Six Great ’80s YouTube ‘Shreds’

SWING IN DEAUVILLE 1992

Chick Corea – look away now…

YouTube ‘shreds’ didn’t take off on social media the way trolling and cat videos did. And yes, they are possibly a little bit ‘niche’. But what I really like about these musical parodies is that they take on a quality all of their own, producing a surreal, appealingly-amateurish mash-up of cheap synths, terrible guitar sounds and fake drums.

There is some intelligence behind them too – it’s not easy to sound this bad. You need a bit of talent. The clips also bring home just how great these players are.

But hey – some possibly need taking down a peg or two…

6. a-ha play ‘Take On Me’

I like the badly-played synth motifs, Morten’s little off-mic asides and the unexpectedly-early chorus. And also the drummer’s Herculean efforts juxtaposed with the tinny, inconsequential sounds he is producing…

5. The Chick Corea Elektric Band play…something

This band were always one of the more unsavoury fusion units of the late-’80s. Their freakily-flawless musicianship, cheesy synth sounds and ‘zany’ stage performances are ripe for a bit of a rave-up…

4. USA For Africa play ‘We Are The World’

This one gets in for sheer oddness. It sounds like it’s been overdubbed by people whose first language is not English. Chinese? French? Kenny Rogers, Tina Turner and Billy Joel always get me.

3. Miles Davis plays ‘Tutu’

Sorry Miles, but I like the way this classic piece is re-imagined as a kind of remedial reggae/world music/’50s rock jam. Check out the intensity of percussionist Don Alias’s performance. That little ‘tinging’ ride cymbal gets me every time.

2. Dire Straits play ‘Money For Nothing’

This is ‘Money For Nothing’ played by a bunch of teenagers who have just been given a few cheap synths, a crap bass and a few rubbish guitars for Christmas. I particularly dig John Illsley’s backing vocals.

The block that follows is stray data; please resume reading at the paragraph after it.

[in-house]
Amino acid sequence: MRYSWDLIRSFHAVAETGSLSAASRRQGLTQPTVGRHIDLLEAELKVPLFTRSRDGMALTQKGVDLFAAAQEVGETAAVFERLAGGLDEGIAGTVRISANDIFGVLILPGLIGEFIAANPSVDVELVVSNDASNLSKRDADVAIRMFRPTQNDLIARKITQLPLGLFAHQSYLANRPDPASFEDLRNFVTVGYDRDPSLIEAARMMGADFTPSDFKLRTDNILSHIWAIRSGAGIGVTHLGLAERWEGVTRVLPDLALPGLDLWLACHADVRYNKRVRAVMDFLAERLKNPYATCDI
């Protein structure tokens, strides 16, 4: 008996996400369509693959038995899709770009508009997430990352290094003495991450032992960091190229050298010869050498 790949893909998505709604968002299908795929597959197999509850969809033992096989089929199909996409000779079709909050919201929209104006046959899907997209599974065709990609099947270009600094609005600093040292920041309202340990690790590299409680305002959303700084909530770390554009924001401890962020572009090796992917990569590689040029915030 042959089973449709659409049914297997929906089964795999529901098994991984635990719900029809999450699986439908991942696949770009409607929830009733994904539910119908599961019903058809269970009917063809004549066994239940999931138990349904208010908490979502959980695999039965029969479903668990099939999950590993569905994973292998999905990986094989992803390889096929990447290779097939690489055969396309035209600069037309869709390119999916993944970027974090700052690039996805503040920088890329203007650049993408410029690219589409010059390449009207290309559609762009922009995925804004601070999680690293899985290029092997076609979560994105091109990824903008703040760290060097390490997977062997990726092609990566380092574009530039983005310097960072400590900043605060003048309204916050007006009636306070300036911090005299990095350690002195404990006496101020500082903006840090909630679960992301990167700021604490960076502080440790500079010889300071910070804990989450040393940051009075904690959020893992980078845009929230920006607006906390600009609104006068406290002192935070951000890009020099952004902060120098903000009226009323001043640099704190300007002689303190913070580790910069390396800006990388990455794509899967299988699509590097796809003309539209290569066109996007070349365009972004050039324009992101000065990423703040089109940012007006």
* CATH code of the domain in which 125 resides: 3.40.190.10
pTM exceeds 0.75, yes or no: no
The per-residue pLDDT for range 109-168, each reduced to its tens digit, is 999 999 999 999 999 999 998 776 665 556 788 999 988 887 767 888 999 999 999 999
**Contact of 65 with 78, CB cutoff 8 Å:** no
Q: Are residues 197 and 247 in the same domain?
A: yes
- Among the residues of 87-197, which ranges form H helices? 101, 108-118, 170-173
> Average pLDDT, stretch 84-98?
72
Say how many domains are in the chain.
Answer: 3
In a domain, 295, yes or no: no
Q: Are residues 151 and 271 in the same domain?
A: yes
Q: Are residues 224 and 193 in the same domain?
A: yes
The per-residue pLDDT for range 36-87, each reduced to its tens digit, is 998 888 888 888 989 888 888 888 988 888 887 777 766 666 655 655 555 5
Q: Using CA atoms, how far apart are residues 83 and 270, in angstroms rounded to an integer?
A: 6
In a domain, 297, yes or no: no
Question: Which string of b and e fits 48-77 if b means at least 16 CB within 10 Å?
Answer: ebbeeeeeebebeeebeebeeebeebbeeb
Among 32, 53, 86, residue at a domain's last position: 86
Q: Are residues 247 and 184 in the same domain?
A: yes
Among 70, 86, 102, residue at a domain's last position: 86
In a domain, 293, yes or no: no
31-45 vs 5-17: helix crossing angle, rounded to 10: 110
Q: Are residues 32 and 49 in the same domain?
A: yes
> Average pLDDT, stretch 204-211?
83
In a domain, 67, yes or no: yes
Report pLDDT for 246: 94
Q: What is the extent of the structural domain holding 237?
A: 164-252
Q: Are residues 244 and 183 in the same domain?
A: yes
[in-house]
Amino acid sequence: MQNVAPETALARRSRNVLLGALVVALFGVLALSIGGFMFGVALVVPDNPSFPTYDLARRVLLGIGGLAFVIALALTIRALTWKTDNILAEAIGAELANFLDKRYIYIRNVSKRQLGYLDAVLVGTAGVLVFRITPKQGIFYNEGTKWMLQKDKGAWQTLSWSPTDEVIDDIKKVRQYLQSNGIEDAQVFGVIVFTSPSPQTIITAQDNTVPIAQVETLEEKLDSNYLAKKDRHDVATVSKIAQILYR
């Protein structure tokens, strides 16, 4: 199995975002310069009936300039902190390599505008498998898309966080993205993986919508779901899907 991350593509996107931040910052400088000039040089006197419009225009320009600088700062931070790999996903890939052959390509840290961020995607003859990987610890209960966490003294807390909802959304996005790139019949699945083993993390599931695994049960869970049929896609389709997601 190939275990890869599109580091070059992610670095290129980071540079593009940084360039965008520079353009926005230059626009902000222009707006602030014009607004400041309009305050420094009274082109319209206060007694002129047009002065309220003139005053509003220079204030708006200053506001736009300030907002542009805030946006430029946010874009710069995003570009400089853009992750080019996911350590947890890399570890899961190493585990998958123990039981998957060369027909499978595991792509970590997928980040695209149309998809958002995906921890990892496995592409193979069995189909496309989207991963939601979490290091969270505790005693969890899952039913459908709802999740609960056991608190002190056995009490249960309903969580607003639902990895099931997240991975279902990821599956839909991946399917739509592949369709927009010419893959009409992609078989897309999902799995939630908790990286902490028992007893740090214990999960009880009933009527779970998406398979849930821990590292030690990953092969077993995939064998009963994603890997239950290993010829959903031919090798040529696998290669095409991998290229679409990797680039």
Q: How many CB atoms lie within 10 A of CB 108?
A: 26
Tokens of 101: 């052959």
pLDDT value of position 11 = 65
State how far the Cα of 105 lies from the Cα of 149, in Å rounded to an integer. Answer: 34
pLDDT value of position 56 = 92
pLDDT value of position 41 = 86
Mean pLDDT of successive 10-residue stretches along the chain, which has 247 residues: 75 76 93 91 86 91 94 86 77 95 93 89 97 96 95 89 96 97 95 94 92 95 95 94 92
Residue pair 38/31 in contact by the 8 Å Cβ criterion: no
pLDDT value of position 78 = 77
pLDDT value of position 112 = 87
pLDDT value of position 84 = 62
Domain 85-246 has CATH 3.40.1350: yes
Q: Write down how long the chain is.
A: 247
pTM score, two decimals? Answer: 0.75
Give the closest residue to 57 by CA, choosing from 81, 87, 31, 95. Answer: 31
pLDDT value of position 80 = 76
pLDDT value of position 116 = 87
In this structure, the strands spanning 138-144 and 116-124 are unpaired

1. Chick Corea duets with Herbie Hancock

Yes, yes, why not some more Chick? There’s something about his smug performance style that lends itself to these clips. And of course the fact that he has made so much tasteless music for someone so near to genius…

Advertisements

Good Lyrics Of The 1980s

Joni_Mitchell_2004It has to be said, it was a bit easier coming up with good ’80s lyrics than it was to come up with crap ones. I could probably have chosen three or four crackers from many of the artists featured below, but space permits only one.

Maybe it’s not surprising that it was a great decade for lyricists when it was surely one of the most ‘literary’ musical decades to date – it would have to be with people like Bob Dylan, Morrissey, Paddy McAloon, Andy Partridge, Green Gartside, Tracey Thorn, Lloyd Cole, Joni Mitchell, Peter Gabriel and Springsteen around.

So here’s just a sprinkling of my favourites from the ’80s. Let me know yours.

I love you/You pay my rent‘.

PET SHOP BOYS: ‘Rent’

An ’80s manifesto?

 

‘If you ever feel the time/To drop me a loving line/Maybe you should just think twice/I don’t wait around on your advice’.

EVERYTHING BUT THE GIRL: ‘Each And Every One’

How’s that for a statement to kick off a recording career?

 

I believe in love/I’ll believe in anything/That’s gonna get me what I want/And get me off my knees’.

LLOYD COLE AND THE COMMOTIONS: ‘Forest Fire’

Less famous than Lloyd’s rhyming of ‘Mailer’ and ‘tailor’, but gains a lot from his passionate singing of the lines.

 

I want you/It’s the stupid details that my heart is breaking for/It’s the way your shoulders shake and what they’re shaking for’.

ELVIS COSTELLO: ‘I Want You’

Anyone who’s ever been in love (or lust) knows exactly what Mr MacManus means.

 

Hey Mikey/Whatever happened to the f***in’ “Duke Of Earl”?’

RANDY NEWMAN: ‘Mikey’s’

A few years before ‘Money For Nothing’, our protagonist is a bit ‘disillusioned’ with the state of modern music…

 

If you had that house, car, bottle, jar/Your lovers would look like movie stars’.

JONI MITCHELL: ‘The Reoccurring Dream’